As you probably know, I usually do not comment the books layout, being more focused on the contents of a book instead of it’s layout.
This time I will start this review speaking about the layout of this book since it’s REALLY peculiar. The Introduction is written in a two-columns layout, very similar to the Science magazine layout. The book itself is written in a single column layout, still with a “Science like” look. What shocked me a little bit about this is the sense of old scientific document that this book has. This is true until you read the first few pages. As soon as you do it, the sense of old scientific document disappears quickly.
The book is well written and the author explains a lot of things on Big Data. None of them is technical (ie: how to install Hadoop or how to extract data from a Big Data system). This is a feature of this book since it has no pretense to teach to IT people how to do their job, while tries to explain to the anyone who is somehow related to a Big Data system (ie: administrator, user, lawyer, manager) how it works.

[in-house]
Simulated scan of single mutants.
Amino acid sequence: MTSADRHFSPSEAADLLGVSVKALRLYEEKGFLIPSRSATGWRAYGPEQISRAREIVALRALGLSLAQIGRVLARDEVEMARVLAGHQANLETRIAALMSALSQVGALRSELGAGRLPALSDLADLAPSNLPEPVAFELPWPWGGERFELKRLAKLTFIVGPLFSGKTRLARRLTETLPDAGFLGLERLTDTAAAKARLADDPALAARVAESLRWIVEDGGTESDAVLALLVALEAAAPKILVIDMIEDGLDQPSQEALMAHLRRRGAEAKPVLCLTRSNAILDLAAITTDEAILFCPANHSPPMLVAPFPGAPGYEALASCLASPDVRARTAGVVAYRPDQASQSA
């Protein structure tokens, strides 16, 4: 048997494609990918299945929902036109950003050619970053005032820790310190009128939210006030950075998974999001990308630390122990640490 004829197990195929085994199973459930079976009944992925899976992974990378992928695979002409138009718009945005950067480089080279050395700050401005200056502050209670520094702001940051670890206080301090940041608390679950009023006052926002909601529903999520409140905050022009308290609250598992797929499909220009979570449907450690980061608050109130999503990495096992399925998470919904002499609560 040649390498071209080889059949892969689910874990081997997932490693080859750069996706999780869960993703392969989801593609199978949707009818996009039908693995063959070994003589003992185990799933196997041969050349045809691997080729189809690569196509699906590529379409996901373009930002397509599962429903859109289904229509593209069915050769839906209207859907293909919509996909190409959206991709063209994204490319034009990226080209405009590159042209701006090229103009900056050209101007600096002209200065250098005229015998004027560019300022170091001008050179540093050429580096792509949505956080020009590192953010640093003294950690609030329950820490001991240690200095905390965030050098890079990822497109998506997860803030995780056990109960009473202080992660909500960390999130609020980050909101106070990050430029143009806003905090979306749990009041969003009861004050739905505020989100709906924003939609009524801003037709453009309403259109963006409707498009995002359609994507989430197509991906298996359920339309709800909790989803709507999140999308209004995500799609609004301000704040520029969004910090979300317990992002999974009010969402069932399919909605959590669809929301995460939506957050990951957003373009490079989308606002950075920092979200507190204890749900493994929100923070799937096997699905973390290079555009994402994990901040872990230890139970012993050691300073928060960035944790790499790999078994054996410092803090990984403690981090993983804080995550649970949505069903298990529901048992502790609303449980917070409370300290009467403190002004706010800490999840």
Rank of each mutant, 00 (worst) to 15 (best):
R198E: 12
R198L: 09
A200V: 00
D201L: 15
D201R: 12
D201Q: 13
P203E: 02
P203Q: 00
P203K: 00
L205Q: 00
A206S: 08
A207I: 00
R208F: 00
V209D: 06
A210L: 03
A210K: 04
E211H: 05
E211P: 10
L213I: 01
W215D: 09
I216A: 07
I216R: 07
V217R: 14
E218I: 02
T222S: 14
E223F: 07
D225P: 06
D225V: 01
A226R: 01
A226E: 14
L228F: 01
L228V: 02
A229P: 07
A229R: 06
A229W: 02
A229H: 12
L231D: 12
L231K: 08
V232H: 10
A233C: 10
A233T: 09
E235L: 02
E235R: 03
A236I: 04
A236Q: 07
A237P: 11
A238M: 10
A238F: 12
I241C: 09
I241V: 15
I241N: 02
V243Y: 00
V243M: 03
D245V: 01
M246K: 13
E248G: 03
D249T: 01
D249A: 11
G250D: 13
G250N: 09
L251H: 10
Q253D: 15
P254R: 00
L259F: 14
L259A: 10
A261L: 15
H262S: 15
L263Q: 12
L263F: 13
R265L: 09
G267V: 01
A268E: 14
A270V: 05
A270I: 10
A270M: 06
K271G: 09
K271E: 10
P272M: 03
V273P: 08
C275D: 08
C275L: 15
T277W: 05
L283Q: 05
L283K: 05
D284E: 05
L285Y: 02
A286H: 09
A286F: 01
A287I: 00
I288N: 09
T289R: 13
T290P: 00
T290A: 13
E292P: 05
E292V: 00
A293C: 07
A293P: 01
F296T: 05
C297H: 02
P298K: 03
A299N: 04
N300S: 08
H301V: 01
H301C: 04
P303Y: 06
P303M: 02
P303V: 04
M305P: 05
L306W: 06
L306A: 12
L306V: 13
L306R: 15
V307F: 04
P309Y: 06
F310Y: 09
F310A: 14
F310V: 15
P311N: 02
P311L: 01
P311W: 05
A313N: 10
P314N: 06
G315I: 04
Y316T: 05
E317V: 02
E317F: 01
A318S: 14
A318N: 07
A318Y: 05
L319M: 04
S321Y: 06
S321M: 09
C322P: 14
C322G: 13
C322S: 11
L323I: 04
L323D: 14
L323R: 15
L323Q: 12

The only downside I saw on this book is that often the examples are related to hospitals and more specifically to pathologists. The reason of this is obvious if you read the author biography. Even if after few examples about these themes you start wondering if you’ll find some different examples in the entire book, the examples are very easy to be transported to any other field in which Big Data makes sense.
I think that this book is unique thanks to it’s approach and a very good reading to anyone that wants to understand deeply the Big Data.
You can find the book at O’Reilly website.
Disclaimer: I received a free electronic copy of this book as part of the O’Reilly Blogger Program